Factors affecting rate of reaction

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  1. Controlling rate of reaction
  2. What affects the rate?
  3. What is a catalyst?
  4. Why are catalysts and solutions important?
  5. How phase affects reaction rate.
  1. Apply knowledge of factors affecting reaction rate to chemical reactions.
    The reaction between sodium hydroxide, NaOH, and hydrogen chloride, HCl, is shown below:

    2NaOH+2HCL2NaCltoH2O\mathrm{2NaOH + 2 HCL \to 2 NaCl to H_2O}

    1. Hydrogen chloride has a boiling point of -85°C and sodium hydroxide has a melting point of 318°C. Give a reason why this reaction is very slow with the reactants in their neutral state at room temperature.
    2. What change could a chemist make to increase the rate of this reaction? Explain why this change increases the rate of reaction.
  2. Apply knowledge of factors affecting reaction rate to chemical reactions.
    The decomposition of aqueous hydrogen peroxide is shown in the equation below. This reaction occurs at room temperature by itself but is slow:

    2H2O2(aq)2H2O(l)+O2(g) \mathrm{ 2 H_2 O_{2(aq)} \to 2H_2O_{(l)} + O_{2(g)} }

    1. The rate of this reaction is increased dramatically by adding potassium iodide, KI, to the reaction vessel. Potassium iodide is not used in the reaction. What is the role of potassium iodide?
    2. Explain, in terms of activation energy, why adding potassium iodide speeds the reaction up.

      i) Explain, in terms of activation energy, why adding potassium iodide speeds the reaction up.

      ii) What else in the equation suggests a generally quicker rate of reaction?
  3. Apply knowledge of factors affecting reaction rate to chemical reactions.
    From the reactions listed below, identify which are homogeneous and compare their relative rates of reaction.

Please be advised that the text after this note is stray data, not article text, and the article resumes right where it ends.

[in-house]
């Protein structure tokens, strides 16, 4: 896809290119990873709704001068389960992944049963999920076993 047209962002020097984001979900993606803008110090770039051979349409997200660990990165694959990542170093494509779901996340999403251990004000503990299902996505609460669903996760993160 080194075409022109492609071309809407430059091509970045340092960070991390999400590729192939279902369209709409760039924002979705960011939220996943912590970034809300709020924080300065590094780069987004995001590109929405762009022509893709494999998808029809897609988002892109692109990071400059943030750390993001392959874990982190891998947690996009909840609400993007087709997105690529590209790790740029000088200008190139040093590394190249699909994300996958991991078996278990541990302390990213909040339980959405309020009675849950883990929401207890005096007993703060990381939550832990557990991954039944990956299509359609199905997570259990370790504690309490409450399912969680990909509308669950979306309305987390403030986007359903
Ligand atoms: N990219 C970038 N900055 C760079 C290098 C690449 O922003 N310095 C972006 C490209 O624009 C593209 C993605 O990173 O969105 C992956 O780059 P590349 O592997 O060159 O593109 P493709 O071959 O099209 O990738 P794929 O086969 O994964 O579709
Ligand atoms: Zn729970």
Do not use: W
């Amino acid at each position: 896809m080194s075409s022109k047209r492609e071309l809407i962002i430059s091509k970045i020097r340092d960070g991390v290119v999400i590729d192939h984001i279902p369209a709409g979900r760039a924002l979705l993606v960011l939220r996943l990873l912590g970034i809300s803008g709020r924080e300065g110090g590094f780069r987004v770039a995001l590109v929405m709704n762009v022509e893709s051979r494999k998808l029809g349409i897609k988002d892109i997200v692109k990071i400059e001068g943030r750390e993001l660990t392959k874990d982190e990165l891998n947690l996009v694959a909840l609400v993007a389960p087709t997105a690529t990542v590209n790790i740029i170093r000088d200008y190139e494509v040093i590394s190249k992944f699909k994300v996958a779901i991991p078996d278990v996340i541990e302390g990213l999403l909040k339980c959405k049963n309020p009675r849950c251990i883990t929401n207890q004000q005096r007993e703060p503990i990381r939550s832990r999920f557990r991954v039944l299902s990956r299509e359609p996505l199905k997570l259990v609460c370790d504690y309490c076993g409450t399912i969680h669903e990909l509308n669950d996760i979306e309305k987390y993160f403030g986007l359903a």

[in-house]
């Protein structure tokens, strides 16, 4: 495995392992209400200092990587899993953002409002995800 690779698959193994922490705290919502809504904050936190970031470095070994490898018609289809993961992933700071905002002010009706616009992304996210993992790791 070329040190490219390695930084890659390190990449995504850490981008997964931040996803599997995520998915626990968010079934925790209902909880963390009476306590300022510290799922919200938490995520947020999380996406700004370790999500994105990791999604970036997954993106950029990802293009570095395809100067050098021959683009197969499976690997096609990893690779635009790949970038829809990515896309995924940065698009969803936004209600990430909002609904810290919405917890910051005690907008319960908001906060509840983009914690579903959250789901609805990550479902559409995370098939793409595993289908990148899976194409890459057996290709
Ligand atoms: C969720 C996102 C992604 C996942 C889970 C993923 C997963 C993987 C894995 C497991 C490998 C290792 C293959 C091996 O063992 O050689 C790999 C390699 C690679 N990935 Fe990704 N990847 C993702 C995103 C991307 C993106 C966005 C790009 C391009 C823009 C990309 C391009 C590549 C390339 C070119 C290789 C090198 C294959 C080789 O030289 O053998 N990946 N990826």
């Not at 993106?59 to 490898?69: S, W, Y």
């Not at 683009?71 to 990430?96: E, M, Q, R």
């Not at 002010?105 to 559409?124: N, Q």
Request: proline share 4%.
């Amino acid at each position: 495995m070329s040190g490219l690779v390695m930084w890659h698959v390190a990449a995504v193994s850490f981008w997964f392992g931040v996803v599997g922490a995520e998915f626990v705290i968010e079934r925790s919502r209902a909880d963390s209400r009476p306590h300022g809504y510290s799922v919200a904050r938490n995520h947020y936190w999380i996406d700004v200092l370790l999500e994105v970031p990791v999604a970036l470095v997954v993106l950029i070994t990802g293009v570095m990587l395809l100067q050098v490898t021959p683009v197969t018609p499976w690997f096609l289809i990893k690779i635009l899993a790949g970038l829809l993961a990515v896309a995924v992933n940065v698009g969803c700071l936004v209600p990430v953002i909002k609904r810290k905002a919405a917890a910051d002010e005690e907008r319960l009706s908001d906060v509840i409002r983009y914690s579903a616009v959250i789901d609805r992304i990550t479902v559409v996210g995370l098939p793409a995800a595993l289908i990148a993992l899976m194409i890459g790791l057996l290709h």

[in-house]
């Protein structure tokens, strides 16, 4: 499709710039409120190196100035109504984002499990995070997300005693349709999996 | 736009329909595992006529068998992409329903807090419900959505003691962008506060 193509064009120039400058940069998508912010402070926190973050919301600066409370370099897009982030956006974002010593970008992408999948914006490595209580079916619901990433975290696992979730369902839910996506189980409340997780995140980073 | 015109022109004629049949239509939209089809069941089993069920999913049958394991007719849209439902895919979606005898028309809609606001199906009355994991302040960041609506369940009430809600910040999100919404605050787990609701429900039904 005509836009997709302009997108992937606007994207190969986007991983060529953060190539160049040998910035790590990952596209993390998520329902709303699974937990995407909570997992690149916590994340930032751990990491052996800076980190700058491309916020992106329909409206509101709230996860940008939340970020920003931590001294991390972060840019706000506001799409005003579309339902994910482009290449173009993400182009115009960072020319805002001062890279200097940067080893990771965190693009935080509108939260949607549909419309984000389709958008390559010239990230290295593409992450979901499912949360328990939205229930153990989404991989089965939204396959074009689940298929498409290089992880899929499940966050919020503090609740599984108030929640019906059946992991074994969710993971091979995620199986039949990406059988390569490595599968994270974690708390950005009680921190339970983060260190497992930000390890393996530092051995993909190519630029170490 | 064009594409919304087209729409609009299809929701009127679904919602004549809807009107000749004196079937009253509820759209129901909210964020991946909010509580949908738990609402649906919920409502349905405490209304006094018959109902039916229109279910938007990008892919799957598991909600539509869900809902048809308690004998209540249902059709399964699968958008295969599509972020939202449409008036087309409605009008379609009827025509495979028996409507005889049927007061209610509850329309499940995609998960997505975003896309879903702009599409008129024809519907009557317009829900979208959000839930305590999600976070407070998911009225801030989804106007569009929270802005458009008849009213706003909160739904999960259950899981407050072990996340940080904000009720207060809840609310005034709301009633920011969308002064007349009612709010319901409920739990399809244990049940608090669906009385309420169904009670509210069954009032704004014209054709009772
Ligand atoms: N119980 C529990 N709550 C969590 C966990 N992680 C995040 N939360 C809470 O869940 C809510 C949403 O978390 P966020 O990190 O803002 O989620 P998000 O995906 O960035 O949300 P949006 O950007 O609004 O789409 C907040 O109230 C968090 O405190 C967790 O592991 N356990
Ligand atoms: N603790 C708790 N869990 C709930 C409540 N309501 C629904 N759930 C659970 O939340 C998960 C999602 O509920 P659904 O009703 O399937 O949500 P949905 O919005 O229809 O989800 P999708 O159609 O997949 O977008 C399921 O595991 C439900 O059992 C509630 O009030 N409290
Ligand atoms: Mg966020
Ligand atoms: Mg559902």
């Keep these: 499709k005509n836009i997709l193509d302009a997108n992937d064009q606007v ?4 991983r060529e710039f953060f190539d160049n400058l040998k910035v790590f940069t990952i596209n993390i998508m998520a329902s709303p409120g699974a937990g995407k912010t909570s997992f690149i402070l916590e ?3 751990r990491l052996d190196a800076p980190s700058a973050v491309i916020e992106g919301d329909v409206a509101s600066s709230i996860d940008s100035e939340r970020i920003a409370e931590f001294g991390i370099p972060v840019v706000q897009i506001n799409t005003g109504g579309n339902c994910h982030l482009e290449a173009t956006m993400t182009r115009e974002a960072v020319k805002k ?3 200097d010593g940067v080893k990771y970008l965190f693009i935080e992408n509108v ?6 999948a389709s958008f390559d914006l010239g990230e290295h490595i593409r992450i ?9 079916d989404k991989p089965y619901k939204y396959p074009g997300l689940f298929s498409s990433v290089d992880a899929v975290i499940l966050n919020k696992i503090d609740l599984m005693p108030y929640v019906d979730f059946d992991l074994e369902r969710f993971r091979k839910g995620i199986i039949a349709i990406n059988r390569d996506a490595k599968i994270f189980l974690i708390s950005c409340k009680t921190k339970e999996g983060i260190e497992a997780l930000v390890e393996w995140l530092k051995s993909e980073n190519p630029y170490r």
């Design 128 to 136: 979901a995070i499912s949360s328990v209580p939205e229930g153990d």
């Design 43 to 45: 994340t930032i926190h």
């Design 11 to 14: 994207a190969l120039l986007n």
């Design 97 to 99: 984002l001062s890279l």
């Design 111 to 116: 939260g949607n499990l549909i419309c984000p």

i) Na(s)+Cl(g)NaCl(s) \mathrm{Na_{(s)} + Cl_{(g)} \to NaCl_{(s)} }

    ii) CH3COOH(aq)+H2O(l)CH3COO(aq)+H3O(aq)+ \mathrm{ CH_3COOH_{(aq)} + H_2O_{(l)} \to CH_3COO^-_{(aq)} + H_3O^+_{(aq)}}

    iii) Mg(s)+H2O(l)MgOH(aq)+H2(g) \mathrm{ Mg_{(s)} + H_2O_{(l)} \to MgOH_{(aq)} + H_{2(g)}}
    Topic Notes

    In this lesson, we will learn:

    • To know and describe the effects of basic factors that affect the rate of reaction.
    • To explain the effect of a catalyst on the rate of a chemical reaction.
    • To apply ideas of surface area to explain the importance of catalysts and solutions to reaction rate.

    • Once scientists started measuring the rate of reactions; new areas of study developed that measured the factors that affected the rate of reaction. These are normally to do with the conditions the reaction is happening under.
    • There are many factors that affect the rate of reaction, which have been determined by experiment. Some are:
      • 1: Temperature: The higher the temperature of a reaction, the faster the reaction happens because the time taken for the reaction to happen decreases.
      • 2: Concentration: As concentration of reactants increases, time taken for the reaction decreases therefore the rate increases.
      • 3: Pressure: Pressure is like concentration for gaseous reactants – greater pressure forces gas particles together like in a high concentration solution. Therefore the higher the pressure, the quicker the rate of reaction.
      • 4: Surface area and catalysts: The greater surface area where particles can collide, the more particles will collide. Any way you can increase surface area for reactants to collide will decrease the time taken for the reaction to occur, and increase the reaction rate – the phase the reactants are in and catalysts both affect this.